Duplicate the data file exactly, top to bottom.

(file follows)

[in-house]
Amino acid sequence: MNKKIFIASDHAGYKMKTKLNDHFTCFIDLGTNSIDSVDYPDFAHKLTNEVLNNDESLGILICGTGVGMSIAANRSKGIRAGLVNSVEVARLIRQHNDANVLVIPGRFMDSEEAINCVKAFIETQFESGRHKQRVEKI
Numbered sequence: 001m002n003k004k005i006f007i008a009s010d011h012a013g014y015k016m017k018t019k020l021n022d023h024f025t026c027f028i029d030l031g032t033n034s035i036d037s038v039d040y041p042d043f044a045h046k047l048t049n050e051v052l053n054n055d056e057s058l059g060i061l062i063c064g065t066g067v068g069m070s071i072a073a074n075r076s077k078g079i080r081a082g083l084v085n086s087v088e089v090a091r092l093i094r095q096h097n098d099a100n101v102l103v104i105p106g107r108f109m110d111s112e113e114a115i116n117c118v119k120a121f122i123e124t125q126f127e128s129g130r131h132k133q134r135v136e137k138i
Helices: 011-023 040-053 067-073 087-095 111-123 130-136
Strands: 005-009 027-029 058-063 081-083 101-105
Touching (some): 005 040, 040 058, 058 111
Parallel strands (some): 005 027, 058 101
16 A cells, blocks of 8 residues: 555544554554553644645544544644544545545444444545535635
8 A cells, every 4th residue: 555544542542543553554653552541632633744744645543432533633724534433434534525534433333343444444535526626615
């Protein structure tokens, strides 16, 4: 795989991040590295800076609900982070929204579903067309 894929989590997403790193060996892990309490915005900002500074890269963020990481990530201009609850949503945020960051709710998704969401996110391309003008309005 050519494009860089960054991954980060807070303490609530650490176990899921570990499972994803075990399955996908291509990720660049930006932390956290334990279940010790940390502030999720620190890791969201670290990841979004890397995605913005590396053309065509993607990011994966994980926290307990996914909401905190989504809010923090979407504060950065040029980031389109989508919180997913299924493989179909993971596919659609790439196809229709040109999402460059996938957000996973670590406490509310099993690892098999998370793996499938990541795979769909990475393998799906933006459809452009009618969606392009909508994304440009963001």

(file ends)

[in-house]
Amino acid sequence: MNKKIFIASDHAGYKMKTKLNDHFTCFIDLGTNSIDSVDYPDFAHKLTNEVLNNDESLGILICGTGVGMSIAANRSKGIRAGLVNSVEVARLIRQHNDANVLVIPGRFMDSEEAINCVKAFIETQFESGRHKQRVEKI
Numbered sequence: 001m002n003k004k005i006f007i008a009s010d011h012a013g014y015k016m017k018t019k020l021n022d023h024f025t026c027f028i029d030l031g032t033n034s035i036d037s038v039d040y041p042d043f044a045h046k047l048t049n050e051v052l053n054n055d056e057s058l059g060i061l062i063c064g065t066g067v068g069m070s071i072a073a074n075r076s077k078g079i080r081a082g083l084v085n086s087v088e089v090a091r092l093i094r095q096h097n098d099a100n101v102l103v104i105p106g107r108f109m110d111s112e113e114a115i116n117c118v119k120a121f122i123e124t125q126f127e128s129g130r131h132k133q134r135v136e137k138i
Helices: 011-023 040-053 067-073 087-095 111-123 130-136
Strands: 005-009 027-029 058-063 081-083 101-105
Touching (some): 005 040, 040 058, 058 111
Parallel strands (some): 005 027, 058 101
16 A cells, blocks of 8 residues: 555544554554553644645544544644544545545444444545535635
8 A cells, every 4th residue: 555544542542543553554653552541632633744744645543432533633724534433434534525534433333343444444535526626615
């Protein structure tokens, strides 16, 4: 795989991040590295800076609900982070929204579903067309 894929989590997403790193060996892990309490915005900002500074890269963020990481990530201009609850949503945020960051709710998704969401996110391309003008309005 050519494009860089960054991954980060807070303490609530650490176990899921570990499972994803075990399955996908291509990720660049930006932390956290334990279940010790940390502030999720620190890791969201670290990841979004890397995605913005590396053309065509993607990011994966994980926290307990996914909401905190989504809010923090979407504060950065040029980031389109989508919180997913299924493989179909993971596919659609790439196809229709040109999402460059996938957000996973670590406490509310099993690892098999998370793996499938990541795979769909990475393998799906933006459809452009009618969606392009909508994304440009963001």